By Julian Bajkowski
The federal ministry of Local Government could be the first of many administrative casualties in Canberra after the function conspicuously failed to appear in the publication of Prime Minister elect Tony Abbott’s first Ministry list.
In a document that provides a partial window into how the bureaucracy and machinery of government of the soon to be sworn in Abbott government will be shaped, the function that only a few months ago was due to be put to a referendum for Constitutional recognition simply doesn’t appear.
While local government has always legally been a subordinate domain of state government, the absence of a federal minister is likely to have state associations of councils worried that they could lose hard-fought influence over policy formed in Canberra – despite local government being given a seat at the Council of Australian Governments.
The most probable ministry for any existing federal local government functions to be rolled into is Deputy Prime Minister and Nationals leader Warren Truss’ portfolio of Infrastructure and Regional Development.
Deputy Nationals leader and new Member for New England, Barnaby Joyce, had been a staunch defender of regional councils in his role as Opposition spokesman for Local Government but has been given the Agriculture portfolio in the new government.
Both the Nationals and Mr Joyce in his old role as a Senator had also been strong proponents of letting funding from Canberra to flow directly to council-based projects, like the Howard era $3 billion-plus Roads to Recovery program, to expedite outcomes and cut through sometimes hostile state government tactics red tape.
Mr Joyce had also defended the ‘yes’ case in a since scrapped referendum on recognition of local government that, if successful, would have formalised funding flows.
However the Nationals’ support for direct local government funding – especially important in rural regions that commonly face either deteriorating infrastructure or a lack of it altogether – provoked a strong backlash from right or ‘dry’ faction of the Liberals who publicly railed against what they regarded as an assault of states’ rights.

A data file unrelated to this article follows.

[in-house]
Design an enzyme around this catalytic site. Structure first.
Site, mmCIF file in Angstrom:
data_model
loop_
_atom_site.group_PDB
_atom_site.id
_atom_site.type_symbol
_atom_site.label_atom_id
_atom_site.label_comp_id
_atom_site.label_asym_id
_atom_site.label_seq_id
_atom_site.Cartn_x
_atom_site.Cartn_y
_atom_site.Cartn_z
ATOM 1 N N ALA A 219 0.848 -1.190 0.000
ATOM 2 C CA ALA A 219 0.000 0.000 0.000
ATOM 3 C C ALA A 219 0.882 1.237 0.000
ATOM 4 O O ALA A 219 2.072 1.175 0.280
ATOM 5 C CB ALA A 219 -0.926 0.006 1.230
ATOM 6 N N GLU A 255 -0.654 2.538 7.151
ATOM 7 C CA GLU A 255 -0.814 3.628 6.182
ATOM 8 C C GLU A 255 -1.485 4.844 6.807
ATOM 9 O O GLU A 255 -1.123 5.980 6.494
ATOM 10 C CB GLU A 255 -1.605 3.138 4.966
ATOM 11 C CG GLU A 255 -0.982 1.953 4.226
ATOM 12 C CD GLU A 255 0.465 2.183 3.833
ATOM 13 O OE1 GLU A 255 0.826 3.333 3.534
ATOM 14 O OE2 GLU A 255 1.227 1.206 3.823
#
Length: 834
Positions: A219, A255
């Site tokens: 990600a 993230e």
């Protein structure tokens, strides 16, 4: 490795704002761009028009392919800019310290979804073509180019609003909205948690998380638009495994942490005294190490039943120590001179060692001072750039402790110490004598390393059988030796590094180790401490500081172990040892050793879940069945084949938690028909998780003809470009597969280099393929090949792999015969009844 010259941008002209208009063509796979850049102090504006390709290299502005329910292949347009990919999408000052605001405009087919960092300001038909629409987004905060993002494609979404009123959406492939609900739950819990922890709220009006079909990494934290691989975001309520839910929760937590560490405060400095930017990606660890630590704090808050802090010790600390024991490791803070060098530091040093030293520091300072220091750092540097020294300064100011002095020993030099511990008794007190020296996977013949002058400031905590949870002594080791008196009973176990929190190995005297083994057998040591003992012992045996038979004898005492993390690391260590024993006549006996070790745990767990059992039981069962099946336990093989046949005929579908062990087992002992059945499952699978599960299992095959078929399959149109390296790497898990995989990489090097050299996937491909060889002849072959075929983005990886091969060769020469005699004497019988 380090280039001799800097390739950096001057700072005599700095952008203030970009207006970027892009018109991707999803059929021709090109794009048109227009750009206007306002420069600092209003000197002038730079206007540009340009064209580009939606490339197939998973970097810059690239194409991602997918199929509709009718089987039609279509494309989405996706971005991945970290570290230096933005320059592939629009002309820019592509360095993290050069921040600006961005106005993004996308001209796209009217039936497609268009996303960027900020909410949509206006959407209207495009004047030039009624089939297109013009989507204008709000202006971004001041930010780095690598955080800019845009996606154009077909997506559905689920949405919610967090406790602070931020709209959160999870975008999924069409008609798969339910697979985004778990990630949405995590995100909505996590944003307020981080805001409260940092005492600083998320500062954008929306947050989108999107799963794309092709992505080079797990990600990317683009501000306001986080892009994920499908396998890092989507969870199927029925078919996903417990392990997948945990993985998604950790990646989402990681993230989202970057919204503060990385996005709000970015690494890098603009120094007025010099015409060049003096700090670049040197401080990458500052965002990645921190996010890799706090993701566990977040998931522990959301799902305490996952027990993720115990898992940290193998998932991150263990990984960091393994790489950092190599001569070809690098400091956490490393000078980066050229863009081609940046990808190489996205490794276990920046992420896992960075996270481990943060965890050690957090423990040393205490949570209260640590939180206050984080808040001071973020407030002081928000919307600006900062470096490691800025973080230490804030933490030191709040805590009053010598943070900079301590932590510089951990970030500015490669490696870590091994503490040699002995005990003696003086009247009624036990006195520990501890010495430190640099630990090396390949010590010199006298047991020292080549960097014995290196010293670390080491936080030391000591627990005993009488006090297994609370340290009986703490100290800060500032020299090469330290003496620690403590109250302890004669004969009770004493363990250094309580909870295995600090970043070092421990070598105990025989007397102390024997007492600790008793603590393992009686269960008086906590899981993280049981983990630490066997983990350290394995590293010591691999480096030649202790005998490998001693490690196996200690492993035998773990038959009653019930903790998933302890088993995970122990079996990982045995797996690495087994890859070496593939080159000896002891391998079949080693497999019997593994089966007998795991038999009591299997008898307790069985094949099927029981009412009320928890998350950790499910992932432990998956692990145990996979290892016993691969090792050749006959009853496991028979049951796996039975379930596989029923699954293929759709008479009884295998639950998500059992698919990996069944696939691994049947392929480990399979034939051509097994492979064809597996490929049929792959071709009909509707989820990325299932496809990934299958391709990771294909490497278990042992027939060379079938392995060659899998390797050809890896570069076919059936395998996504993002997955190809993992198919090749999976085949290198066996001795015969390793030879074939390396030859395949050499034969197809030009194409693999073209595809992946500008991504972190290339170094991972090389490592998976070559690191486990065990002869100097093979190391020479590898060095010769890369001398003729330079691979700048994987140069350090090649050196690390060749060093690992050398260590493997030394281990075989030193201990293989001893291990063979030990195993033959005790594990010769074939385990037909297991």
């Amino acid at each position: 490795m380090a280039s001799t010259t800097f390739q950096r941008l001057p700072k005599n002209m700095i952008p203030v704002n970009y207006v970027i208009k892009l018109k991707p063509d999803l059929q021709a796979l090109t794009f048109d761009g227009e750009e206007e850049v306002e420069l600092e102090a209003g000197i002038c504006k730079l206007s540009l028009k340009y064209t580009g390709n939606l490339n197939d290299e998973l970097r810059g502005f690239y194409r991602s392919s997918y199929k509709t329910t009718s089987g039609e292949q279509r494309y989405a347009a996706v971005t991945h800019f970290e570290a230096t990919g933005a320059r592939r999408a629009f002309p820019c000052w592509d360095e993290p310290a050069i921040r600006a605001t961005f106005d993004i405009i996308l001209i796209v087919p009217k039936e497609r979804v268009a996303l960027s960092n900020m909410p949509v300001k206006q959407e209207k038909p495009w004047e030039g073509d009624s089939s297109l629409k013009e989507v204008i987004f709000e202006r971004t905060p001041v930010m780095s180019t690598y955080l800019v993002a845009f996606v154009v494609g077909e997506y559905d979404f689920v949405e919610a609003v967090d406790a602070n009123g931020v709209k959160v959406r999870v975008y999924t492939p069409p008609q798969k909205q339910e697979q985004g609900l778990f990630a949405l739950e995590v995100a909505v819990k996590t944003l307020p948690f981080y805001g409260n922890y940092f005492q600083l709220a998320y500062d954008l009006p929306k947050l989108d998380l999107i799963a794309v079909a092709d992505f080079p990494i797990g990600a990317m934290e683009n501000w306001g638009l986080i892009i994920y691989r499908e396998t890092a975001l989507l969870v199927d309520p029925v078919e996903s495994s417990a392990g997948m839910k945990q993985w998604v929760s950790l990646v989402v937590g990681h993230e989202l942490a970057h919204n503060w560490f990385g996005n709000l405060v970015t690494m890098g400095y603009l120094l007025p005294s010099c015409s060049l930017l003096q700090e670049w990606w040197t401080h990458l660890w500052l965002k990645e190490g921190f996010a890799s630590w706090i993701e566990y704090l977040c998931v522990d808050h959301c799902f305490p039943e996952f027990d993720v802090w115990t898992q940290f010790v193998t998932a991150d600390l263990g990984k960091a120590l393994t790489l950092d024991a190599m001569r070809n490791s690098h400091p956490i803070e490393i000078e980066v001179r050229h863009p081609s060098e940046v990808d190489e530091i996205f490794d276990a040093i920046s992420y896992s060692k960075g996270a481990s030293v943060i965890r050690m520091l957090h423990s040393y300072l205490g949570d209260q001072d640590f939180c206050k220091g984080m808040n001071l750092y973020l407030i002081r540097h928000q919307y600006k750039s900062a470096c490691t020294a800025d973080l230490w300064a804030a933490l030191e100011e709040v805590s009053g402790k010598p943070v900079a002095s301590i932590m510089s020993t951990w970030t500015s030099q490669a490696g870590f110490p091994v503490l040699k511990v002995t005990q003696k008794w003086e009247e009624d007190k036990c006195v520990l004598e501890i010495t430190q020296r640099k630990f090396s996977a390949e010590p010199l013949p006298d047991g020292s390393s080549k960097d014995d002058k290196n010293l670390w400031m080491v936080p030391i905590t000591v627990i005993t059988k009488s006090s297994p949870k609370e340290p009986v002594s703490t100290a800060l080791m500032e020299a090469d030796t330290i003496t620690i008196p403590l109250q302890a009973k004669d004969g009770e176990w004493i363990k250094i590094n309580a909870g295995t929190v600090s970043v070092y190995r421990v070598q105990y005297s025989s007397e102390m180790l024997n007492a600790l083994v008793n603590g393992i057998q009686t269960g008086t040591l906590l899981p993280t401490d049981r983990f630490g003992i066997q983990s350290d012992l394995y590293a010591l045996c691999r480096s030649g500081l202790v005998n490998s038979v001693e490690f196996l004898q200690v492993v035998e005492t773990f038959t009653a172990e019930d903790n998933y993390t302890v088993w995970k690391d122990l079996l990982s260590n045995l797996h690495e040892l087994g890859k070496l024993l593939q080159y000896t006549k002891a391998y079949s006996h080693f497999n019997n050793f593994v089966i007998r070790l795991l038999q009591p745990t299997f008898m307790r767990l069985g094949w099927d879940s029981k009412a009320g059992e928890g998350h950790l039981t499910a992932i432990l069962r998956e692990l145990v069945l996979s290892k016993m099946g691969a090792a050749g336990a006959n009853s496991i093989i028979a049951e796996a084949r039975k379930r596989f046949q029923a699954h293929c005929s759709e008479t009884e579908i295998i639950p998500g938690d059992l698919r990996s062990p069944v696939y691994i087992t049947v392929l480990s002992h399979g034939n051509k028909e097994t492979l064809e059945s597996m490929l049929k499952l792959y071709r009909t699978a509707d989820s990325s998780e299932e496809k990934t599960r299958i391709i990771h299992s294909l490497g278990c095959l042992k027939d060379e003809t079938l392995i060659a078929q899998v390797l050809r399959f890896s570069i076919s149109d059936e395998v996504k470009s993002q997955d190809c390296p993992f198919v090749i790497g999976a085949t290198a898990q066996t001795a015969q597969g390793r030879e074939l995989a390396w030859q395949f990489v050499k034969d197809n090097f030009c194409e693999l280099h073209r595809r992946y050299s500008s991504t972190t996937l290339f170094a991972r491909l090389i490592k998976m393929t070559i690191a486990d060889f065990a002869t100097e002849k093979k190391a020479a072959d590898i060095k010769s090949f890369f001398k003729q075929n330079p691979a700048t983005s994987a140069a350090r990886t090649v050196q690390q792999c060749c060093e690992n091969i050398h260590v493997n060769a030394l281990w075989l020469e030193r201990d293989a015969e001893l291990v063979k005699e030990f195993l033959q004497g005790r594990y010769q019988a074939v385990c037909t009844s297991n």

The big question now for Australia’s peak body for local governments, the Australian Local Government Association (ALGA), is to whom they can oppress their case now that Canberra, Queensland, New South Wales and Victoria and Western Australia are all held by the Coalition.
Aside from the staple issue of roads funding, many councils that had been hoping to benefit from the National Broadband Network are nervously waiting to find out what the Coalition’s plans are as the incoming government prepares to instigate a series of audits into the massive telecommunications build.
The Coalition has promised cheaper NBN rollout it says will be delivered to a greater number of people in a shorter space of time – a commitment regional councils are wary could lead to a ‘metro-first’ deployment to get runs on the board at their potential expense.
The parlous state of telecommunications in regional Australia, especially mobile phone coverage and broadband, has long been a friction point between the Nationals and their Liberal allies because of the comparatively high cost of delivering services to the bush – an expense that has traditionally been partly subsidised by taxpayers.
A number of regional communities had also pinned their hopes on the prospect that a combination of cheaper land prices and Fibre-to-the-Premises network in regional towns would attract both new residents and businesses to their areas and stimulate much needed new economic activity in the process.
They included Armidale in Mr Joyce’s seat of New England, which was held by independent member Tony Windsor prior to his retirement from the last parliament.
Mr Windsor extracted several concessions for his electorate in return for helping Labor hang onto power during a hung parliament, including being one of the first locations where the NBN was rolled out to homes.
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